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The Financial Express

Virus severely affects S Asian livelihoods

| Updated: July 07, 2020 11:27:48


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The new coronavirus pandemic in South Asia has severely affected livelihoods of over 1.7 billion people, according to the Global Food Policy Report (GFPR) 2020.

It said the disruptions to supply chains, lack of access to health and nutrition services, and overwhelmed social protection led to rising food and nutrition insecurity in the South Asian region.

It was revealed at a virtual launching of some highlights of GFPR 2020 at New Delhi in India, organised jointly by International Food Policy Research Institute (IFPRI) South Asia, Indian Council of Agricultural Research (ICAR) and Trust for Advancement of Agricultural Sciences (TAAS).

IFPRI will publish the full report today (Tuesday) addressing many of the long-standing issues underpining food insecurity and poverty in light of the COVID-19's impacts on our food systems, according to a IFPRI release.

IFPRI's GFPR 2020 highlights the central role that inclusive food systems play in meeting global goals to end poverty, hunger, and malnutrition, and offers recommendations for making food systems more inclusive for four marginalized groups - smallholders, women, youth, and conflict-affected people.

The report also provides analysis on transforming national food system in several countries like Bangladesh and Ethiopia, and advice on development of food system in different regions worldwide.

"Food systems provide opportunities to improve food and nutrition security, generate income, and drive inclusive economic growth, but even in prosperous times too many people are excluded from fully participating in them and securing these benefits," said Johan Swinnen, director general of IFPRI.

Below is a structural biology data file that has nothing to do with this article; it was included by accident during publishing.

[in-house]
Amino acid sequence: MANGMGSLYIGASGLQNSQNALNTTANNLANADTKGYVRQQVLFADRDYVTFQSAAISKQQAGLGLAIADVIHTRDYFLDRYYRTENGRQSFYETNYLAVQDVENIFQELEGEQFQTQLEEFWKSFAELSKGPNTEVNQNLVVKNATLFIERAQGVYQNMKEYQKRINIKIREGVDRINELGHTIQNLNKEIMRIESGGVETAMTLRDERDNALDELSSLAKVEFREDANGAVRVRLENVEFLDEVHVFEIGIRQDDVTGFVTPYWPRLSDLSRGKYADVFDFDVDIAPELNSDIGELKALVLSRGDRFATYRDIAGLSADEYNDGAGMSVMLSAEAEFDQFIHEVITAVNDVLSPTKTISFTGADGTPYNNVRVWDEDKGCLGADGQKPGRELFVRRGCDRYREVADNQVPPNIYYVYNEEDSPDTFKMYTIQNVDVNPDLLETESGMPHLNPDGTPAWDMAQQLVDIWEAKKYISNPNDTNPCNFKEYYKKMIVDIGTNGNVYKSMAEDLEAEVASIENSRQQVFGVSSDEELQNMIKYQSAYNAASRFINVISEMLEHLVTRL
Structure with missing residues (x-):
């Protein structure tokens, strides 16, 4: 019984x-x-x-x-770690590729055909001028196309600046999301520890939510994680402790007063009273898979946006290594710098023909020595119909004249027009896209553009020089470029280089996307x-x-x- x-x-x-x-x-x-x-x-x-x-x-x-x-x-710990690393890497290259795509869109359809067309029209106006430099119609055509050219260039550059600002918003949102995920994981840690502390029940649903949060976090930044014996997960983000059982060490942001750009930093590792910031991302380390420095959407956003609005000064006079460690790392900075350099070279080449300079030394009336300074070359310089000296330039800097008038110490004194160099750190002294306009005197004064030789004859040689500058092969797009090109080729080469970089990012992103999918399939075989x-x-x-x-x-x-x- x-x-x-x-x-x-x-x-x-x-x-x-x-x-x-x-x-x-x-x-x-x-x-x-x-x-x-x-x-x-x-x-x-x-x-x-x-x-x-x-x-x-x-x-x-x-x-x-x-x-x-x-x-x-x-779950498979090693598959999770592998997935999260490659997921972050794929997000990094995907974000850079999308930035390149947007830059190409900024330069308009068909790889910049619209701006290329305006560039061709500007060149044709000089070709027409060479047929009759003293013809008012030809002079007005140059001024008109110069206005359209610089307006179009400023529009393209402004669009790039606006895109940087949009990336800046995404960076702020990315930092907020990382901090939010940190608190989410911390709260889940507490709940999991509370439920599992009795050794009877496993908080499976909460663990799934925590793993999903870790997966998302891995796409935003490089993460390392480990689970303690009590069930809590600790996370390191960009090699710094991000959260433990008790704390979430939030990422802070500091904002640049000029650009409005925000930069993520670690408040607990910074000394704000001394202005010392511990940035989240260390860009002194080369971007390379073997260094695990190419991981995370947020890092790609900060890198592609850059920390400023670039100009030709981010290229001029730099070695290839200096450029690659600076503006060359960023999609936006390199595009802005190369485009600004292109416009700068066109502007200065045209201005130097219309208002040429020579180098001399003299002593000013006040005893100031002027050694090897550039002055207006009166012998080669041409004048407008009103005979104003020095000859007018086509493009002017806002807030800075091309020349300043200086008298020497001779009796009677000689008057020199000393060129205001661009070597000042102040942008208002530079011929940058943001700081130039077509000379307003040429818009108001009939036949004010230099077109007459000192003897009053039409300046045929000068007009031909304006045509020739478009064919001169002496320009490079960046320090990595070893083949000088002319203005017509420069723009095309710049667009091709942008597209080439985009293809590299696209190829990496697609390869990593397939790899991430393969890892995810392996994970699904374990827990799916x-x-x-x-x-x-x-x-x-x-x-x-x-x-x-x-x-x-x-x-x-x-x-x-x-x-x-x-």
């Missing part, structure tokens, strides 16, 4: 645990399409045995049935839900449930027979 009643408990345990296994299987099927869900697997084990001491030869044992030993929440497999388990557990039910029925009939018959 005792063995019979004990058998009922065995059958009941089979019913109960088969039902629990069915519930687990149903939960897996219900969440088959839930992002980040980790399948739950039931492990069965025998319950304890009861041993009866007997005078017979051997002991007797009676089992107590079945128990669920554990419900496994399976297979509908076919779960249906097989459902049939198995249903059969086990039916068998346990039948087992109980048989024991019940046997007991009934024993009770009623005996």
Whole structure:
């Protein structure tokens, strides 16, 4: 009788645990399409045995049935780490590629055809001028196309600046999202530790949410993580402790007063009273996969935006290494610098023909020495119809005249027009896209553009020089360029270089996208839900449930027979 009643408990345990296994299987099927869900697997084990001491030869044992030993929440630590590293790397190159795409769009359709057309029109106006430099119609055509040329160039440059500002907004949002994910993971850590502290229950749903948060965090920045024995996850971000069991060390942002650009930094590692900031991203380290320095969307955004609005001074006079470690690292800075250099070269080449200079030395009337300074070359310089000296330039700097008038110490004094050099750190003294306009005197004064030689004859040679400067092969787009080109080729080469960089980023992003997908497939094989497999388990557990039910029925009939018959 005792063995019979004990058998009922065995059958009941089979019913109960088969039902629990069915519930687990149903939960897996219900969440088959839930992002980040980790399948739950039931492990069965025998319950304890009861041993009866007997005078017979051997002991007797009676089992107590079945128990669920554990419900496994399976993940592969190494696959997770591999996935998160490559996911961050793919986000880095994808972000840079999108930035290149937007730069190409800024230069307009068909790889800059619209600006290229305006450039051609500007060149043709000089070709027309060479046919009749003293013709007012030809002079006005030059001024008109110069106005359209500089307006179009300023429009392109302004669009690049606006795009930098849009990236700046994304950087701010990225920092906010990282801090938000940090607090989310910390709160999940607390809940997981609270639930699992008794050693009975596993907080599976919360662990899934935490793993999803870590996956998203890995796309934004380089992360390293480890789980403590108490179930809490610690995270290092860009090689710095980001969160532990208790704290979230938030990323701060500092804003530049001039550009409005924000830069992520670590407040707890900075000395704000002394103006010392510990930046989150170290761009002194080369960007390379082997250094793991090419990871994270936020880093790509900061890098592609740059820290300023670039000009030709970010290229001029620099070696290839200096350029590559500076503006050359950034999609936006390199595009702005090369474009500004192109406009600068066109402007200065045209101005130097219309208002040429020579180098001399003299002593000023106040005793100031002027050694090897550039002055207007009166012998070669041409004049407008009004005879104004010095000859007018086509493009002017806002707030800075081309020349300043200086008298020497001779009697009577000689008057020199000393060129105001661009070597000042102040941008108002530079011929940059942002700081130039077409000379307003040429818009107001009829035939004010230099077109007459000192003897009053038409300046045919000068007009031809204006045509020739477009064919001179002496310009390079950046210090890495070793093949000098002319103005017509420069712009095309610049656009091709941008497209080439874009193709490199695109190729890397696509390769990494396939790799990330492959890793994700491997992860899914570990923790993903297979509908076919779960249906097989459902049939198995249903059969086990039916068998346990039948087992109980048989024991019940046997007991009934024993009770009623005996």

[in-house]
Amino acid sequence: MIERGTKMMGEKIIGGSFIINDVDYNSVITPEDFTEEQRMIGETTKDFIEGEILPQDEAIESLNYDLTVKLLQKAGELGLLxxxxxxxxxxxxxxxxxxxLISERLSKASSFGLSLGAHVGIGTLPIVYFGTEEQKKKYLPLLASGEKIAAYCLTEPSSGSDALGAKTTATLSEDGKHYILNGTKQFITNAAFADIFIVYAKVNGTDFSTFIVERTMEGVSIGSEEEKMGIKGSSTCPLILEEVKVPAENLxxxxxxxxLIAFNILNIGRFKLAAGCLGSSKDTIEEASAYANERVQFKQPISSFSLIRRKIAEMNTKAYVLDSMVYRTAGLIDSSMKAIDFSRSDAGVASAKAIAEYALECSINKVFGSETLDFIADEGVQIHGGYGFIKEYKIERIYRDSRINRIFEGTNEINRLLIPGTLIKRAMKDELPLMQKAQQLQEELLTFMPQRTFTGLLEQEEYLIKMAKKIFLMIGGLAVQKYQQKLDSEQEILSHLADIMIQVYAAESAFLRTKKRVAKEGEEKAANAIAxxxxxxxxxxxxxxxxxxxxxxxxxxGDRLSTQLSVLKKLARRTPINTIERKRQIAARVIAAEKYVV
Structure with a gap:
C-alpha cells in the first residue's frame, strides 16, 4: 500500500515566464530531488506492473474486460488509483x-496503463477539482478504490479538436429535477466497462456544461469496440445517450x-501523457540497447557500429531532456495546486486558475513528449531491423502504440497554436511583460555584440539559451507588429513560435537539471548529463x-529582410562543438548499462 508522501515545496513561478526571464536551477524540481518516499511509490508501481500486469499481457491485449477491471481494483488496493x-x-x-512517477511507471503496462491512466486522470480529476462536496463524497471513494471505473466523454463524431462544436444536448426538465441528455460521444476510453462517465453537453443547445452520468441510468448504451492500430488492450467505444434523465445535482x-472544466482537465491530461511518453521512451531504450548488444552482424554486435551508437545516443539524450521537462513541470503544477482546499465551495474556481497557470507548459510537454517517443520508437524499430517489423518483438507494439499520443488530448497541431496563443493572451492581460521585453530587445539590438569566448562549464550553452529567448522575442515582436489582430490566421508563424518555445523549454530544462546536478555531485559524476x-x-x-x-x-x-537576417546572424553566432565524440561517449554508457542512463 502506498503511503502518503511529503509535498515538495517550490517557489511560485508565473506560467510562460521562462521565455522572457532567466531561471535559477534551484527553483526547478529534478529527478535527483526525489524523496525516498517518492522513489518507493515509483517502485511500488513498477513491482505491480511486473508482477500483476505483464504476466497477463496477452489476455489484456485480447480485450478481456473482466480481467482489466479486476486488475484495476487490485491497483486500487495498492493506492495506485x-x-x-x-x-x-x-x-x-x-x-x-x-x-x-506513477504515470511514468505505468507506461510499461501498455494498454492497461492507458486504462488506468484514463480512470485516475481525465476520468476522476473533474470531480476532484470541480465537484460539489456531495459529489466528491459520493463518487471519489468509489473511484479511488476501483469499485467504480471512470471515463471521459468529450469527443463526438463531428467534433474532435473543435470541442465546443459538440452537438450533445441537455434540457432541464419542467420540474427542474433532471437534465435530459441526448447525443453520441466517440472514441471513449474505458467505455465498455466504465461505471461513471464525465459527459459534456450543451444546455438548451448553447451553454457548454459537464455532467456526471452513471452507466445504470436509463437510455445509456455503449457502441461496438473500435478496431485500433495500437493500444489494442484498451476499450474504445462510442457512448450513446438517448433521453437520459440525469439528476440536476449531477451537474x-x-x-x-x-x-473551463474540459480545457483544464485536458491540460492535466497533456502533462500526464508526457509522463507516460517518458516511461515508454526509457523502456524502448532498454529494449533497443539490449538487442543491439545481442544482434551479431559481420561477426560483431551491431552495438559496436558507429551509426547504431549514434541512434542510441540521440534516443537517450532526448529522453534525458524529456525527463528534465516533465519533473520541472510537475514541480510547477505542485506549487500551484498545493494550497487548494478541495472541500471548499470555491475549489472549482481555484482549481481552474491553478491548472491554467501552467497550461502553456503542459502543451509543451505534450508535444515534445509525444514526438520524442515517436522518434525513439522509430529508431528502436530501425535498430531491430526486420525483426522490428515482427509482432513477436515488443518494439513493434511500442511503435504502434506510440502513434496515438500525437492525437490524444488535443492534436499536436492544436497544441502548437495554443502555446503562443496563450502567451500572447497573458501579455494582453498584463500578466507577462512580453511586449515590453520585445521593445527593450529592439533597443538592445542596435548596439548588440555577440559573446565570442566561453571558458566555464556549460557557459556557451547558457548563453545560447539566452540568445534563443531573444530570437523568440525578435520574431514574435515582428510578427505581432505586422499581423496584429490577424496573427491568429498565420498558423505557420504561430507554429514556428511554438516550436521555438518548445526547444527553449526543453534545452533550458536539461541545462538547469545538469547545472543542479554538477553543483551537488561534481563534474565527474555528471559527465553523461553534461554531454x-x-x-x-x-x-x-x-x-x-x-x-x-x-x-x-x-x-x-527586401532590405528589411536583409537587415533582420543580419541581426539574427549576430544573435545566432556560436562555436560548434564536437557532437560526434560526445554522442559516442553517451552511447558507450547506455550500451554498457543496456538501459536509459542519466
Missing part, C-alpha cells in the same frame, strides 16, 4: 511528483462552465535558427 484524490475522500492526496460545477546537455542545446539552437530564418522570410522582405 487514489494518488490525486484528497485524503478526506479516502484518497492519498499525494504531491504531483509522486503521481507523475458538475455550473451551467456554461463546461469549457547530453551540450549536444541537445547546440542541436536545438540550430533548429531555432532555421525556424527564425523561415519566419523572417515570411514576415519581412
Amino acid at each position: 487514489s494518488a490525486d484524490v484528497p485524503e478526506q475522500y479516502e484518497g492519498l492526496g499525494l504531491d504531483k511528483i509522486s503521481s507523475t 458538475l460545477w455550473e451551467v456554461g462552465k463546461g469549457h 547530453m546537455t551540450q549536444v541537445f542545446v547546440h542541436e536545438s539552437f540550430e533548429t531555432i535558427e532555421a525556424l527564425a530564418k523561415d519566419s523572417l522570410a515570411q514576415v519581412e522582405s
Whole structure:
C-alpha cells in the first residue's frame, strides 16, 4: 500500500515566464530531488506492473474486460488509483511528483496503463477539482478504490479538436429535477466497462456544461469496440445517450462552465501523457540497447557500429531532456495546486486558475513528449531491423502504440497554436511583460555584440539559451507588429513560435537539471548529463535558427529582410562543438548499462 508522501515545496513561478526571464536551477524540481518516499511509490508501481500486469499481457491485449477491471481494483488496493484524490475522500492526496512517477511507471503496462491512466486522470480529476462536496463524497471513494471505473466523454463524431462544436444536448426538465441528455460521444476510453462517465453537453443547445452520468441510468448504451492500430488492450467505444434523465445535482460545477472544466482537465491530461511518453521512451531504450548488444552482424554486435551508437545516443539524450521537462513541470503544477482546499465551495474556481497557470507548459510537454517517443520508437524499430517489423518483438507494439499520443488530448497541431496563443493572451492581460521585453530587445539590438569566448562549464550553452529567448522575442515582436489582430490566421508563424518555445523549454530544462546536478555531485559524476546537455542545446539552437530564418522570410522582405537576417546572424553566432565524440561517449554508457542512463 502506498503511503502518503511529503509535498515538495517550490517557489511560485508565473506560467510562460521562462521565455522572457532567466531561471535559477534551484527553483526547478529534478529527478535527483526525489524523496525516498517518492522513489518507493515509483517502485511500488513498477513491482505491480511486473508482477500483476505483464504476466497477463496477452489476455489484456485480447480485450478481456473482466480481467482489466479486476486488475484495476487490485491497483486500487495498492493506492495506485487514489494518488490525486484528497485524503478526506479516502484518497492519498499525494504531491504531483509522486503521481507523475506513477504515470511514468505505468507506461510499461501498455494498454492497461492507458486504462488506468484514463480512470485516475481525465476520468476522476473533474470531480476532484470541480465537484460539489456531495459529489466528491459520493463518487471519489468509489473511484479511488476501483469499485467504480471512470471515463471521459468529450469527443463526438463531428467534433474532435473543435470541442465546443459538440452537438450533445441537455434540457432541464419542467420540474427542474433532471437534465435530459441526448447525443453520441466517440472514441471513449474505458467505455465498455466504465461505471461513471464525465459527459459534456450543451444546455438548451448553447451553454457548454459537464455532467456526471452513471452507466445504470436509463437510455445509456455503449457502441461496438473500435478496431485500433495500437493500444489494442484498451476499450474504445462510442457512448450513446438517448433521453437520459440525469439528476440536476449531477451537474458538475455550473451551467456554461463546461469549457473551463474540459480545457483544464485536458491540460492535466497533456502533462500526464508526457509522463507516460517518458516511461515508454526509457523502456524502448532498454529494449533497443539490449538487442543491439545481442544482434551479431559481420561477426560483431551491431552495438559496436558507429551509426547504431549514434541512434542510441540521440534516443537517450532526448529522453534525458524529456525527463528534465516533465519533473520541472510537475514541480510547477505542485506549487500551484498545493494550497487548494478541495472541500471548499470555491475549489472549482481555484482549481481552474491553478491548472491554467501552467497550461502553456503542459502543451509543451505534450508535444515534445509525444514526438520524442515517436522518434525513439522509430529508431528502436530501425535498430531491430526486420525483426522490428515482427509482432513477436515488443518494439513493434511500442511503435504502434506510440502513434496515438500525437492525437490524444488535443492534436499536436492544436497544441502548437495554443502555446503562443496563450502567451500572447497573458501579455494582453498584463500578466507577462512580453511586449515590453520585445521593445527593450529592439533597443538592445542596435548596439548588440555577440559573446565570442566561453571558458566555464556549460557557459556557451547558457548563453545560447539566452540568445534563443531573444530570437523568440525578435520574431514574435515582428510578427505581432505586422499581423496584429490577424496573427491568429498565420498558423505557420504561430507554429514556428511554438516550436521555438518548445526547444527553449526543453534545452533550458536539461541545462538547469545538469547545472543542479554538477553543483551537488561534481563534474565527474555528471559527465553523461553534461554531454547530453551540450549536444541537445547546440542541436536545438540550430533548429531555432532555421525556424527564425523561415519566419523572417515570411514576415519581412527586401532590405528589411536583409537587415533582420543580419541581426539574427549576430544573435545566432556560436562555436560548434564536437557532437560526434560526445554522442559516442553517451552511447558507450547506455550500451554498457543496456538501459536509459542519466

"In times of crisis like today, inclusion is an even greater imperative for protecting the most vulnerable, " said Swinnen.

However, the report said South Asia's steady progress has reshaped the region's diverse food systems over the past decade.

This regional transformation has been marked by strong economic growth, rising real wages, and the expansion of nonagricultural sectors.

In recent years in South Asia the growth rate of high-value foods has been greater than that of cereals.

The increase in income and greater diet diversity has also led to growth of the food processing sector.

Yet post-harvest losses continue to be high in South and Southeast Asia compared to other regions, it said.

"South Asian economies are transforming. Real wages are rising, shares of agriculture in GDP are declining, and non-farm employment in much of the region has surpassed that of farm employment. These structural changes will bring about changes in food system with new challenges to ensure that food system transformation is efficient, inclusive, and sustainable," said Shahidur Rashid, director South Asia, IFPRI.

The report recommends three key policy levers which will be critical in making the food system transformation inclusive and sustainable: (1) reforming agricultural input subsidies and price supports; (2) improving the targeting of social protection programs; and (3) building effective institutions for governing the emerging food system.

Reforming some of the age-old programmes on agricultural subsidy and price policies could free up public funds, to invest in fostering more inclusive, equitable, and gender- and nutrition-sensitive food systems, said GFPR highlights.

In South Asia, social safety net programs can be effective platforms for making food systems inclusive, it said.

"IFPRI-WFP's Transfer Modality Research Initiative in Bangladesh found that providing young mothers cash transfers combined with nutrition behavioral change reduced child stunting by three-times than the national average" said Akhter Ahmed, senior research fellow and country representative of IFPRI-Bangladesh.

This is substantial evidence on the potential of social transfers to enhance nutrition, he said.

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